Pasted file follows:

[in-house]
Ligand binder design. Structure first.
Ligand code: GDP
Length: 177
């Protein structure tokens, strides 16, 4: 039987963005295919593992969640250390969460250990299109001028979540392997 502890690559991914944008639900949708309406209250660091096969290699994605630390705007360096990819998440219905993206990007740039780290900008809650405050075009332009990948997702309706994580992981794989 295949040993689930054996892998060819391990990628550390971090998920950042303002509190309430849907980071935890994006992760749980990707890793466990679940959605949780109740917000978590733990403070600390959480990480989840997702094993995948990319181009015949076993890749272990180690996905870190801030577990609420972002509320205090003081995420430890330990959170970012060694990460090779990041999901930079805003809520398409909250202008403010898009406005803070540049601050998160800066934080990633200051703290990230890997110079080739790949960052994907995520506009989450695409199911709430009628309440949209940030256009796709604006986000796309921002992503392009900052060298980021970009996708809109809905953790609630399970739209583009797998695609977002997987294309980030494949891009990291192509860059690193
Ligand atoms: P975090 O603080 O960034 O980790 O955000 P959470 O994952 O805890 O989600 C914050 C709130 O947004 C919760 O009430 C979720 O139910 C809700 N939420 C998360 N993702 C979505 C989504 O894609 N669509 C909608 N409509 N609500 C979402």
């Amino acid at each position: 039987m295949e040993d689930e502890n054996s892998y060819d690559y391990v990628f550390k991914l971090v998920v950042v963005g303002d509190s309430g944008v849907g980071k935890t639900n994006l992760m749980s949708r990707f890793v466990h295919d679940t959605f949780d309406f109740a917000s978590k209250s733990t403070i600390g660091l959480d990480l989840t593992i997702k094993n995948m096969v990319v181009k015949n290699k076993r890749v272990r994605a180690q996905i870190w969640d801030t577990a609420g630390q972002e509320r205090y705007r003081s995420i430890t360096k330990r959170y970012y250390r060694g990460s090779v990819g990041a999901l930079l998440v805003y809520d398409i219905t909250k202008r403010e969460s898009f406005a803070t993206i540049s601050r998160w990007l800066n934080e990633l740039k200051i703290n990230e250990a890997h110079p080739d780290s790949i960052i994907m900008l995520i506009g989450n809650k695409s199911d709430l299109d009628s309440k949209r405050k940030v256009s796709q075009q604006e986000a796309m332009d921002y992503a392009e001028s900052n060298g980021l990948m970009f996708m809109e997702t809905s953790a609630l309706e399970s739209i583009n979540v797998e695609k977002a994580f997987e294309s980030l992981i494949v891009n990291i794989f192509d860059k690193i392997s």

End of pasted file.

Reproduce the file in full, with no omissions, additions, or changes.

[in-house]
Ligand binder design. Structure first.
Ligand code: GDP
Length: 177
């Protein structure tokens, strides 16, 4: 039987963005295919593992969640250390969460250990299109001028979540392997 502890690559991914944008639900949708309406209250660091096969290699994605630390705007360096990819998440219905993206990007740039780290900008809650405050075009332009990948997702309706994580992981794989 295949040993689930054996892998060819391990990628550390971090998920950042303002509190309430849907980071935890994006992760749980990707890793466990679940959605949780109740917000978590733990403070600390959480990480989840997702094993995948990319181009015949076993890749272990180690996905870190801030577990609420972002509320205090003081995420430890330990959170970012060694990460090779990041999901930079805003809520398409909250202008403010898009406005803070540049601050998160800066934080990633200051703290990230890997110079080739790949960052994907995520506009989450695409199911709430009628309440949209940030256009796709604006986000796309921002992503392009900052060298980021970009996708809109809905953790609630399970739209583009797998695609977002997987294309980030494949891009990291192509860059690193
Ligand atoms: P975090 O603080 O960034 O980790 O955000 P959470 O994952 O805890 O989600 C914050 C709130 O947004 C919760 O009430 C979720 O139910 C809700 N939420 C998360 N993702 C979505 C989504 O894609 N669509 C909608 N409509 N609500 C979402």
């Amino acid at each position: 039987m295949e040993d689930e502890n054996s892998y060819d690559y391990v990628f550390k991914l971090v998920v950042v963005g303002d509190s309430g944008v849907g980071k935890t639900n994006l992760m749980s949708r990707f890793v466990h295919d679940t959605f949780d309406f109740a917000s978590k209250s733990t403070i600390g660091l959480d990480l989840t593992i997702k094993n995948m096969v990319v181009k015949n290699k076993r890749v272990r994605a180690q996905i870190w969640d801030t577990a609420g630390q972002e509320r205090y705007r003081s995420i430890t360096k330990r959170y970012y250390r060694g990460s090779v990819g990041a999901l930079l998440v805003y809520d398409i219905t909250k202008r403010e969460s898009f406005a803070t993206i540049s601050r998160w990007l800066n934080e990633l740039k200051i703290n990230e250990a890997h110079p080739d780290s790949i960052i994907m900008l995520i506009g989450n809650k695409s199911d709430l299109d009628s309440k949209r405050k940030v256009s796709q075009q604006e986000a796309m332009d921002y992503a392009e001028s900052n060298g980021l990948m970009f996708m809109e997702t809905s953790a609630l309706e399970s739209i583009n979540v797998e695609k977002a994580f997987e294309s980030l992981i494949v891009n990291i794989f192509d860059k690193i392997s």